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/*
* Copyright (C) 2019 Collabora, Ltd.
*
* Permission is hereby granted, free of charge, to any person obtaining a
* copy of this software and associated documentation files (the "Software"),
* to deal in the Software without restriction, including without limitation
* the rights to use, copy, modify, merge, publish, distribute, sublicense,
* and/or sell copies of the Software, and to permit persons to whom the
* Software is furnished to do so, subject to the following conditions:
*
* The above copyright notice and this permission notice (including the next
* paragraph) shall be included in all copies or substantial portions of the
* Software.
*
* THE SOFTWARE IS PROVIDED "AS IS", WITHOUT WARRANTY OF ANY KIND, EXPRESS OR
* IMPLIED, INCLUDING BUT NOT LIMITED TO THE WARRANTIES OF MERCHANTABILITY,
* FITNESS FOR A PARTICULAR PURPOSE AND NONINFRINGEMENT. IN NO EVENT SHALL
* THE AUTHORS OR COPYRIGHT HOLDERS BE LIABLE FOR ANY CLAIM, DAMAGES OR OTHER
* LIABILITY, WHETHER IN AN ACTION OF CONTRACT, TORT OR OTHERWISE, ARISING FROM,
* OUT OF OR IN CONNECTION WITH THE SOFTWARE OR THE USE OR OTHER DEALINGS IN THE
* SOFTWARE.
*
* Authors:
* Alyssa Rosenzweig <alyssa.rosenzweig@collabora.com>
*/
#include "util/u_math.h"
#include "util/macros.h"
#include "pan_encoder.h"
/* Mali GPUs are tiledmode renderers, rather than immediatemode.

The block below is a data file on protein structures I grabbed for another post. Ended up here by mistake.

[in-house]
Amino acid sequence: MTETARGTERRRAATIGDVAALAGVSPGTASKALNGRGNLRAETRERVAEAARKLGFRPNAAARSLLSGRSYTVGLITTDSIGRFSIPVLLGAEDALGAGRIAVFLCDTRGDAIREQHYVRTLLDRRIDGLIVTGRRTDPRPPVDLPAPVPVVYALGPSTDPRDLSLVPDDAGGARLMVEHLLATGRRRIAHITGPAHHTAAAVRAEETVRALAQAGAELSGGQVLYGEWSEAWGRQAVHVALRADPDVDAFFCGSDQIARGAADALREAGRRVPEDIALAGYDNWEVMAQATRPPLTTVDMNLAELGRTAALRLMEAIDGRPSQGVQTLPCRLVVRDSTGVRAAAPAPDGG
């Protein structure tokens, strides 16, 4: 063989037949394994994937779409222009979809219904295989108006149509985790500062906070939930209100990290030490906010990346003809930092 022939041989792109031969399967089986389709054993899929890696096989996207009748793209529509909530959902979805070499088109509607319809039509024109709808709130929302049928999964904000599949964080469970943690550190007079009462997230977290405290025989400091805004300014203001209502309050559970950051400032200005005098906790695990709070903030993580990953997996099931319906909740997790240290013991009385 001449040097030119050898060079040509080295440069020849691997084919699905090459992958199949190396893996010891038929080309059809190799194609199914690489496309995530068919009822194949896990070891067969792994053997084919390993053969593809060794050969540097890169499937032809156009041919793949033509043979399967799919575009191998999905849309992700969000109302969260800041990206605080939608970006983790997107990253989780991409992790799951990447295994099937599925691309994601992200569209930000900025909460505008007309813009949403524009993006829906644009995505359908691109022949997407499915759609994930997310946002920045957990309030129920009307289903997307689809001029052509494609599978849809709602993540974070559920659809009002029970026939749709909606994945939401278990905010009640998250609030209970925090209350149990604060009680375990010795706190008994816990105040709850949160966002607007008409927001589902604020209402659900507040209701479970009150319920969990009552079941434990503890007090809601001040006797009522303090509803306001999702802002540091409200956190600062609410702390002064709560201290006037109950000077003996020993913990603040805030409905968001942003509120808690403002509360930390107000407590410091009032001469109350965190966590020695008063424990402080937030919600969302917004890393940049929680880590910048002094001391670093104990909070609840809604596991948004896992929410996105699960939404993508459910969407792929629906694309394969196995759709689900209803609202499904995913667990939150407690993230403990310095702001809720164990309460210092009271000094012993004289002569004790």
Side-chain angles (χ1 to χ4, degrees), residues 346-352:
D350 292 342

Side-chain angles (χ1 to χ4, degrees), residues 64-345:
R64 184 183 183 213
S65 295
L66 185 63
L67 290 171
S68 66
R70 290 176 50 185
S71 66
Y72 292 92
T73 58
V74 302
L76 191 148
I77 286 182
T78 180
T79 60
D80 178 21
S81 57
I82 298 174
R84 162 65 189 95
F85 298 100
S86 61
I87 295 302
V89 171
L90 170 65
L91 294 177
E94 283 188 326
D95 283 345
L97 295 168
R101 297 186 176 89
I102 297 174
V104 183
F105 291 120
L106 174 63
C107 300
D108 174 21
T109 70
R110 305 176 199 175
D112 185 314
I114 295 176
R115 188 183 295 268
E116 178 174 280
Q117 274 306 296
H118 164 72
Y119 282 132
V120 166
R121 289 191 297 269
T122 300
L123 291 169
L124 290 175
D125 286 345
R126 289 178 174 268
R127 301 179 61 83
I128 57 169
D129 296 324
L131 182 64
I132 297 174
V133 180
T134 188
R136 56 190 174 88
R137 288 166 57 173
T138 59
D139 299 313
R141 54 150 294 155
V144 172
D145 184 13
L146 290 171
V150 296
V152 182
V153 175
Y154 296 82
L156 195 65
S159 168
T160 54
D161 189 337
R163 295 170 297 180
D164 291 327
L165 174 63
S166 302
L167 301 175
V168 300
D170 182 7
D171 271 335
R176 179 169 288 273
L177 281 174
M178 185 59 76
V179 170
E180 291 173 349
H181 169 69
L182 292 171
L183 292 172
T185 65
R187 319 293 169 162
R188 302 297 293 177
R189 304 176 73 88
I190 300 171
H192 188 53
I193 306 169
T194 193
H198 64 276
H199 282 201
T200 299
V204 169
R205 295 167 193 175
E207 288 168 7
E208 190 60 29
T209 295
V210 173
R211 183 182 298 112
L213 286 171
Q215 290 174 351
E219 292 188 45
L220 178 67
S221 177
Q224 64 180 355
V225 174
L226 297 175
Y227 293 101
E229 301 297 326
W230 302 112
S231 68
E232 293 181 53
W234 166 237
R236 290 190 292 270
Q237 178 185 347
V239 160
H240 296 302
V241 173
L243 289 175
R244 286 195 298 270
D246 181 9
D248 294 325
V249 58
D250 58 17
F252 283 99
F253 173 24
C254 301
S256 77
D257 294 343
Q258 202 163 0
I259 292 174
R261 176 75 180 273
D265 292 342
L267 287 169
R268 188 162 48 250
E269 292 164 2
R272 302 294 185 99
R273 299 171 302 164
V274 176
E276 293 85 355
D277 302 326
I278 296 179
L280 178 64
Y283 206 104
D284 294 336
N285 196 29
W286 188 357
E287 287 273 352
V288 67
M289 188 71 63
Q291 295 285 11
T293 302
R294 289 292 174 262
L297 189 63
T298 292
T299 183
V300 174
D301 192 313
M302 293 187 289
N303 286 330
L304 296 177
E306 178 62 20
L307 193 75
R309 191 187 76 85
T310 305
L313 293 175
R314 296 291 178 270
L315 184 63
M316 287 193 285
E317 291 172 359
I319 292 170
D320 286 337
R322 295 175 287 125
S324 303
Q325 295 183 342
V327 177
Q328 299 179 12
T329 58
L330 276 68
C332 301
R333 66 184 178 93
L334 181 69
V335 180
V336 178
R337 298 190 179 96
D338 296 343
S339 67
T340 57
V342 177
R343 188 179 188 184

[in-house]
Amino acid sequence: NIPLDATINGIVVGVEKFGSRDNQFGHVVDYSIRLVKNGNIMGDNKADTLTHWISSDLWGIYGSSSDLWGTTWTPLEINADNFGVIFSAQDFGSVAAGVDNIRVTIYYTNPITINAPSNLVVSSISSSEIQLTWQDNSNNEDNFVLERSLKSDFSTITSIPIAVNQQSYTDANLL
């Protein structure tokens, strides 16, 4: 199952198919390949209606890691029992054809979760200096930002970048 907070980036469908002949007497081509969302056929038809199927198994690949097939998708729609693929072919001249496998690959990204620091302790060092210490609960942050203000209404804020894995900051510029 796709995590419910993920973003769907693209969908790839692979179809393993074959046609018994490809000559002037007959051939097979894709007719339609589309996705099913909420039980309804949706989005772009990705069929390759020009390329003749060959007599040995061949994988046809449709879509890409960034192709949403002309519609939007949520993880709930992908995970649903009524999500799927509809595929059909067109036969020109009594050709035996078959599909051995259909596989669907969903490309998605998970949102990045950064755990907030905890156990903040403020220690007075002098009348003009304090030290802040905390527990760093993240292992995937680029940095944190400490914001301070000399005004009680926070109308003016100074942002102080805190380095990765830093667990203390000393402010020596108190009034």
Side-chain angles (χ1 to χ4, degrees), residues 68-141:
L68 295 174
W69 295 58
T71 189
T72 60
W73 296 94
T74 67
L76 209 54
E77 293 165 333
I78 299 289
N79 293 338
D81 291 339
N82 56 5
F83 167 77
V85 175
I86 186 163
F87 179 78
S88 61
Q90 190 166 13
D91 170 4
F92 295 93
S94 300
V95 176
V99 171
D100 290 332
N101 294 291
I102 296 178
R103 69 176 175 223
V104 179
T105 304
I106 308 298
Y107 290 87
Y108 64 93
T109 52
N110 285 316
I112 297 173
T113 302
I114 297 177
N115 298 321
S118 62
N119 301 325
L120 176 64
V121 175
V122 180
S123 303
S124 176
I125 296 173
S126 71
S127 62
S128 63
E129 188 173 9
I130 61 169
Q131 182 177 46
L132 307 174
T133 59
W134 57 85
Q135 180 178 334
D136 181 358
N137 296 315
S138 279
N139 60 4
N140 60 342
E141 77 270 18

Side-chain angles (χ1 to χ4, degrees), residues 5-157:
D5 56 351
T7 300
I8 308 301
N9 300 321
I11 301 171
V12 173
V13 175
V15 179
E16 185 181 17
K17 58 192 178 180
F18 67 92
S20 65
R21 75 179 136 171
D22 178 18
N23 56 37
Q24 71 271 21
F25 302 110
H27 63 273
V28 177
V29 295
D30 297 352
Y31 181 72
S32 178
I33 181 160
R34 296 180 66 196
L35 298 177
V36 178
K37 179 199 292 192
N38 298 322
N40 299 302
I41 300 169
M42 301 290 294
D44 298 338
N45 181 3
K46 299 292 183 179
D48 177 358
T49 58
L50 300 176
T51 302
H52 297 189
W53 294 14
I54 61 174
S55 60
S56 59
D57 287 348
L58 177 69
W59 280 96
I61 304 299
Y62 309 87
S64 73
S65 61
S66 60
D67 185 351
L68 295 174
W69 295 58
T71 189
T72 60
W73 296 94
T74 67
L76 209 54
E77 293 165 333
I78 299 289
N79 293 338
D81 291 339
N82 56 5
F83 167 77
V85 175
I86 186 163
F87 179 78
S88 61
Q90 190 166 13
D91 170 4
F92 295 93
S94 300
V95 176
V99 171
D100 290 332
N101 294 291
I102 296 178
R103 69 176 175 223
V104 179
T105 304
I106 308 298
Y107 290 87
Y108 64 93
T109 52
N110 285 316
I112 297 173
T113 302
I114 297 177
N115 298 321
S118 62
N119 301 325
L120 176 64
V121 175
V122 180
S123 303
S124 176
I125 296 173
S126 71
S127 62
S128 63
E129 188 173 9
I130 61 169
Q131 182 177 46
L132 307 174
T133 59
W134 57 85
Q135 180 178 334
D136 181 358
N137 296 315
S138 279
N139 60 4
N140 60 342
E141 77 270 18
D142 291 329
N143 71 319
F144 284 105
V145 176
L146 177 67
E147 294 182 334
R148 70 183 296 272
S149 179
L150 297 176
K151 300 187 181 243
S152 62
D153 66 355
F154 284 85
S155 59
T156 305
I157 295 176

* Conceptually, the screen is divided into 16x16 tiles. Vertex shaders run.
* Then, a fixedfunction hardware block (the tiler) consumes the gl_Position
* results. For each triangle specified, it marks each containing tile as
* containing that triangle. This set of "triangles per tile" form the "polygon
* list". Finally, the rasterization unit consumes the polygon list to invoke
* the fragment shader.
*
* In practice, it's a bit more complicated than this. On Midgard chips with an
* "advanced tiling unit" (all except T720/T820/T830), 16x16 is the logical
* tile size, but Midgard features "hierarchical tiling", where poweroftwo
* multiples of the base tile size can be used: hierarchy level 0 (16x16),
* level 1 (32x32), level 2 (64x64), per public information about Midgard's
* tiling. In fact, tiling goes up to 4096x4096 (!), although in practice
* 128x128 is the largest usually used (though higher modes are enabled). The
* idea behind hierarchical tiling is to use low tiling levels for small
* triangles and high levels for large triangles, to minimize memory bandwidth
* and repeated fragment shader invocations (the former issue inherent to
* immediatemode rendering and the latter common in traditional tilers).
*